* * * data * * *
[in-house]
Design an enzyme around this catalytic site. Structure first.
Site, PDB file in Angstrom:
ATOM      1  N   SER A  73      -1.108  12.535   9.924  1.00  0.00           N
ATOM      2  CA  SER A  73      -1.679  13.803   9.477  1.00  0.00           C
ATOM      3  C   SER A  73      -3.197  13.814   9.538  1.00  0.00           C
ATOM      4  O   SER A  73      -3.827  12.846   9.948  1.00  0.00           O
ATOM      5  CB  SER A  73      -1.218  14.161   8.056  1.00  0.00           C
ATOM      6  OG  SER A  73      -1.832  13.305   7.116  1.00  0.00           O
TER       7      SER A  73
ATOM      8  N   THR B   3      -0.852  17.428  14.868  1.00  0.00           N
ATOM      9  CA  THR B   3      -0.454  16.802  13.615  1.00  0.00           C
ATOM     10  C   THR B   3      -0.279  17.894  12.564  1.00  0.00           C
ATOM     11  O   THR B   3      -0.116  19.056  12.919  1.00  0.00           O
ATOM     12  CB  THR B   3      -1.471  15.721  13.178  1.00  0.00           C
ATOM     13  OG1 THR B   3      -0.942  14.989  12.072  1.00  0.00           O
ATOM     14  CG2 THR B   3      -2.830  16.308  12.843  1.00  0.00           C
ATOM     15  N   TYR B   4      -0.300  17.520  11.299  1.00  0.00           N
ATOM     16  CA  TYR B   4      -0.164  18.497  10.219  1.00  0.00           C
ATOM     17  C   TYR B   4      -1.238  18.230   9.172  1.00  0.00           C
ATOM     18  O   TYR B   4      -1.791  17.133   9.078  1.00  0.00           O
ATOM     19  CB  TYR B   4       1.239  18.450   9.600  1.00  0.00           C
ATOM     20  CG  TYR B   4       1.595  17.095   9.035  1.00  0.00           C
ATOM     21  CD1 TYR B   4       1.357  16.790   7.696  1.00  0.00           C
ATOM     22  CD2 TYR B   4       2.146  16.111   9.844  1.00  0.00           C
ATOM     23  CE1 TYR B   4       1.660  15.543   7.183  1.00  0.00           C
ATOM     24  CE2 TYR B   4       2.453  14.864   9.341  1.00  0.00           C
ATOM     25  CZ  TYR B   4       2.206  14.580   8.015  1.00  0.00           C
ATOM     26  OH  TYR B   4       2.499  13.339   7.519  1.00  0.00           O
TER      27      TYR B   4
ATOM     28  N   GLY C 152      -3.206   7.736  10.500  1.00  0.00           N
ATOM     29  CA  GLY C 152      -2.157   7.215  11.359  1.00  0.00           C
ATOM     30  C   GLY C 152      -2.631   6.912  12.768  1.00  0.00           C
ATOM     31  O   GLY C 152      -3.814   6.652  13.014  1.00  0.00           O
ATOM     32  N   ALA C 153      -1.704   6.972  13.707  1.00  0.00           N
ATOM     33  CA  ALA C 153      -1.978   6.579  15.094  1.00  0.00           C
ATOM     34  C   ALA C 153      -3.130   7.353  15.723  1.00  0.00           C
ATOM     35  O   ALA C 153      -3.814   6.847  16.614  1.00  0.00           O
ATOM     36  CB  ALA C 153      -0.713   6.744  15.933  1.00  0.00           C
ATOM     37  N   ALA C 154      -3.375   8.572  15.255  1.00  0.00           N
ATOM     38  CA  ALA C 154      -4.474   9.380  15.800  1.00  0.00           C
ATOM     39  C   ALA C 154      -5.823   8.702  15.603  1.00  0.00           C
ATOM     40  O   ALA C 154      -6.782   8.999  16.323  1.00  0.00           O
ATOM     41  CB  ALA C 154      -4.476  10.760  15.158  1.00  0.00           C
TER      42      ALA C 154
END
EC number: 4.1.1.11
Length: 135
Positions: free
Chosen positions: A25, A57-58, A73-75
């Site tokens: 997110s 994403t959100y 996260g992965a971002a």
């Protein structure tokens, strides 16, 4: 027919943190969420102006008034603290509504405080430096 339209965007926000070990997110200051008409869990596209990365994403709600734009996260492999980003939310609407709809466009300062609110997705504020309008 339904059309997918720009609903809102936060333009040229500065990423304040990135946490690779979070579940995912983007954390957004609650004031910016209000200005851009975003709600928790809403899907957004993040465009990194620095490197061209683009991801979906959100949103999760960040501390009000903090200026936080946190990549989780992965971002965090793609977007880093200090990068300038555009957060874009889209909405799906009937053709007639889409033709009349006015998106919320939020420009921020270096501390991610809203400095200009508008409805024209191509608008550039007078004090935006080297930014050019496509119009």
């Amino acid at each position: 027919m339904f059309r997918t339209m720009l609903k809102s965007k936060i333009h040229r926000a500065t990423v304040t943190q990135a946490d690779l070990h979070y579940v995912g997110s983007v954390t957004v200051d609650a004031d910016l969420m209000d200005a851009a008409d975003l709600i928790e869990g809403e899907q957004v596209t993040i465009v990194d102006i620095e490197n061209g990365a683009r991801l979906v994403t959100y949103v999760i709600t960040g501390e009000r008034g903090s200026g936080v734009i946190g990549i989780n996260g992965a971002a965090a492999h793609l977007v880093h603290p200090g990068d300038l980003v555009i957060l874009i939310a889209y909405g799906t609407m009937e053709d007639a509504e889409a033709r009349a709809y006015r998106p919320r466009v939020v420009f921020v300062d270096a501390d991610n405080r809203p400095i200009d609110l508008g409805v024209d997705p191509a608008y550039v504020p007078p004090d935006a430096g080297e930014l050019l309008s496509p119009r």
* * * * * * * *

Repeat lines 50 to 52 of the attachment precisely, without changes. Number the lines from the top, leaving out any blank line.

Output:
Chosen positions: A25, A57-58, A73-75
């Site tokens: 997110s 994403t959100y 996260g992965a971002a």
């Protein structure tokens, strides 16, 4: 027919943190969420102006008034603290509504405080430096 339209965007926000070990997110200051008409869990596209990365994403709600734009996260492999980003939310609407709809466009300062609110997705504020309008 339904059309997918720009609903809102936060333009040229500065990423304040990135946490690779979070579940995912983007954390957004609650004031910016209000200005851009975003709600928790809403899907957004993040465009990194620095490197061209683009991801979906959100949103999760960040501390009000903090200026936080946190990549989780992965971002965090793609977007880093200090990068300038555009957060874009889209909405799906009937053709007639889409033709009349006015998106919320939020420009921020270096501390991610809203400095200009508008409805024209191509608008550039007078004090935006080297930014050019496509119009």